While a majority of the orders coming out of Federal Court regarding IFCA continue to contain language that is either disappointing for plaintiffs or a mixed bag, examining these orders with an eye towards mining the small wins inside them, may help you with your next IFCA case.
Judge Jones recently wrote a footnote that has punch. Footnote 3 of Freeman v. State
Farm Mutual Auto. Ins. Co., states:
State Farm insists that it did not deny coverage because it never denied that Mr. Freeman was entitled to UIM benefits, it merely disagreed about the amount of those benefits. For purposes of an insured’s extracontractual claim, a failure to pay the amount the insured requests is a denial of coverage. Were it otherwise, an insurer could avoid extracontractual liability merely by conceding coverage, paying its insured one dollar, and refusing to pay any more.
Freeman v. State Farm Mut. Auto. Ins. Co., C11-761RAJ, 2012 WL 2891167, *3 (W.D. Wash. July 16, 2012).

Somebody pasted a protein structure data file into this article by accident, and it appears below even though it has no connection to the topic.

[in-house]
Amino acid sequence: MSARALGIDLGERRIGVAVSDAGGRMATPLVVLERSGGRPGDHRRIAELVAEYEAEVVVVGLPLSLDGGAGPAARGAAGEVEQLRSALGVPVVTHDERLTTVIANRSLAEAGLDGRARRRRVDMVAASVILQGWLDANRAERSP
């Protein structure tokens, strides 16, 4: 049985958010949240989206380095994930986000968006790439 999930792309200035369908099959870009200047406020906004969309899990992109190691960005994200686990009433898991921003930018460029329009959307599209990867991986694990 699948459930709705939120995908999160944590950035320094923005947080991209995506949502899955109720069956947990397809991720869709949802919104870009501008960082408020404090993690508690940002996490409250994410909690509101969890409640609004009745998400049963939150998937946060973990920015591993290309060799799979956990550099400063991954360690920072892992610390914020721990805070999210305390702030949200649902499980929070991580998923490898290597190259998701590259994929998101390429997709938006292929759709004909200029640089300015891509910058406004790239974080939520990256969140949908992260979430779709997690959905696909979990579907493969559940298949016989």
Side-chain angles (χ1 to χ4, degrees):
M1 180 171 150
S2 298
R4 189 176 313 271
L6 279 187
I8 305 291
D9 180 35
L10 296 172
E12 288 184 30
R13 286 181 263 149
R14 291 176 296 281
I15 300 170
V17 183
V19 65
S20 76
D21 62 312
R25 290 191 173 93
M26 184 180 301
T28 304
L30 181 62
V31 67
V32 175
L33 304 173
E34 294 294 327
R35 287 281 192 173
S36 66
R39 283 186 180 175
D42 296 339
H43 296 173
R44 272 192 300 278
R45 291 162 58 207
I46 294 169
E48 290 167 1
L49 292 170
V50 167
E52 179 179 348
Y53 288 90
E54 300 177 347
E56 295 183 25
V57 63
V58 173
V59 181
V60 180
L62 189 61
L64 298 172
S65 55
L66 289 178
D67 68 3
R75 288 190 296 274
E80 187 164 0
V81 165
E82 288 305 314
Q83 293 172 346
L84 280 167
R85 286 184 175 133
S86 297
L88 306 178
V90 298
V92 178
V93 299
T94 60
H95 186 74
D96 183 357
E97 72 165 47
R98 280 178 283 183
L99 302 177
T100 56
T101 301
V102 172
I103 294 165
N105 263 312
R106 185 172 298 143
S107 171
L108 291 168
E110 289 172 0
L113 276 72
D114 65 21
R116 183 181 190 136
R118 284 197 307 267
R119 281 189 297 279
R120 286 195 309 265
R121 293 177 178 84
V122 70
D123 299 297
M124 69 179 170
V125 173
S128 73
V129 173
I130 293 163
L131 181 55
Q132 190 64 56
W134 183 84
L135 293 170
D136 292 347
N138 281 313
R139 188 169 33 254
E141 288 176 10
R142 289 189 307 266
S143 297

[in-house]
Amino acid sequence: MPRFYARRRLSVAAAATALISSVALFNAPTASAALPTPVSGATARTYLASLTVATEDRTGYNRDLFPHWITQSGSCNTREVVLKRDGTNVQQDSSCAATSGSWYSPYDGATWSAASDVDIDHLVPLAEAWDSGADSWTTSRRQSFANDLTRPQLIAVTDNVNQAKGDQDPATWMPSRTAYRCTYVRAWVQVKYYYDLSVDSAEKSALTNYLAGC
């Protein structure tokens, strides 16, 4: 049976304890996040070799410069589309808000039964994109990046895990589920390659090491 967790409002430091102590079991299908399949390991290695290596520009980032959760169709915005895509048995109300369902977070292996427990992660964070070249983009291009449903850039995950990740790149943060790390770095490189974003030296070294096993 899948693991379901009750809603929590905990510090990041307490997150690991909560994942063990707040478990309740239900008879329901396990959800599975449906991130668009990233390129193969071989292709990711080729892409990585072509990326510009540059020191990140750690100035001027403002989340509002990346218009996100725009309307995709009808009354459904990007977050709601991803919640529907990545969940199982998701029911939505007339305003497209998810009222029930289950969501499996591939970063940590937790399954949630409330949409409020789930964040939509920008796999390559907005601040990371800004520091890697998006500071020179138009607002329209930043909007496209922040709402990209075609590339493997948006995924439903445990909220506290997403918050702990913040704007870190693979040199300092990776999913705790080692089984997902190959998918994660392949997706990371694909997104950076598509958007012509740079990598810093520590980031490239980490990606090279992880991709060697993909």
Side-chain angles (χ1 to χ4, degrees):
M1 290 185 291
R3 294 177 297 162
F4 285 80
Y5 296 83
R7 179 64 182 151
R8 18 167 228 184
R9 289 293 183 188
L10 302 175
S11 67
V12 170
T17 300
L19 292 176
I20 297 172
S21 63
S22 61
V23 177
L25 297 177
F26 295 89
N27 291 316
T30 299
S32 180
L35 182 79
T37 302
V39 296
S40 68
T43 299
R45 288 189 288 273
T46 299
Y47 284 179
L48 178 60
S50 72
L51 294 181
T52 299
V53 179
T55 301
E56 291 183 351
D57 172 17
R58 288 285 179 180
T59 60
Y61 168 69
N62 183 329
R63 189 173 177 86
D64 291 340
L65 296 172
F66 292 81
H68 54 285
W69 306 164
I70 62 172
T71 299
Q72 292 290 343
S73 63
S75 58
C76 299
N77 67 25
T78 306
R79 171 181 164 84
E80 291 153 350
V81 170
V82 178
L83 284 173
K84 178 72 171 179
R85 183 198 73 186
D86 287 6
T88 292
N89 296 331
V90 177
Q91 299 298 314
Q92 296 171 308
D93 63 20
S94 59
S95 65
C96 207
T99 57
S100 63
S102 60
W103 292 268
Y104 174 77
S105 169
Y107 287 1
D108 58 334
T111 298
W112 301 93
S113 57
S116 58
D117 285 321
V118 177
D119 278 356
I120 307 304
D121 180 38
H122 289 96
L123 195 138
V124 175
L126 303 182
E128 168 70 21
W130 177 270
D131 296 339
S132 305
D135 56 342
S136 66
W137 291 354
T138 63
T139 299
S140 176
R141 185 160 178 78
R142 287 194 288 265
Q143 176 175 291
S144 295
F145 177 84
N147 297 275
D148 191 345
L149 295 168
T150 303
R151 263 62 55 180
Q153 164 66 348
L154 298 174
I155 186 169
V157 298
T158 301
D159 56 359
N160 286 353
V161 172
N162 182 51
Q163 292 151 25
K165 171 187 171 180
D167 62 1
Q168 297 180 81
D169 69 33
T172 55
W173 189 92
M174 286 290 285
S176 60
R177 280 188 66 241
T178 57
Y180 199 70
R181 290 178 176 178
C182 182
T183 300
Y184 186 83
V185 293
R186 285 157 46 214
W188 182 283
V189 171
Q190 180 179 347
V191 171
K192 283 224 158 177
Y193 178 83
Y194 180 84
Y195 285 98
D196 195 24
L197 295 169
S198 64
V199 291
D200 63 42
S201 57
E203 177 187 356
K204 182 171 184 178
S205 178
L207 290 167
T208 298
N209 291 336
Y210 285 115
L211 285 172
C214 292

This provides a foothold for arguing that low ball offer by UIM carriers made without reasonable investigation can be a denial of the payment of benefits and therefore subject to IFCA. In Freeman, the IFCA claim was dismissed on notice grounds, serving as a reminder that IFCA has specific notice provisions as a pre-requite to an IFCA cause of action.
Other recent Federal Court orders have recognized that IFCA claims include the actual amounts that should have been paid under the insurance policy—presumably under the unreasonable failure to pay benefits section. Tavakoli v. Allstate Prop. & Cas. Ins. Co., C11- 1587RAJ, 2012 WL 6677766 (W.D. Wash. Dec. 21, 2012); Yancey et al v. The Auto. Com. Hartford, case # 2:11-CV-01329 RAJ (Docket 68, 10/23/12)1.
These pronouncements have great import for statute of limitations issues and for the kinds of damages subject to trebling. Judge Jones, in Tavakoli v. Allstate Prop. & Cas. Ins. Co., a UIM case, stated the following:
IFCA provides yet another way to recover damages. Any first-party insured “who is unreasonably denied a claim for coverage or payment of benefits,” can sue to recover “the actual damages sustained ….“ The actual damages sustained from an “unreasonbl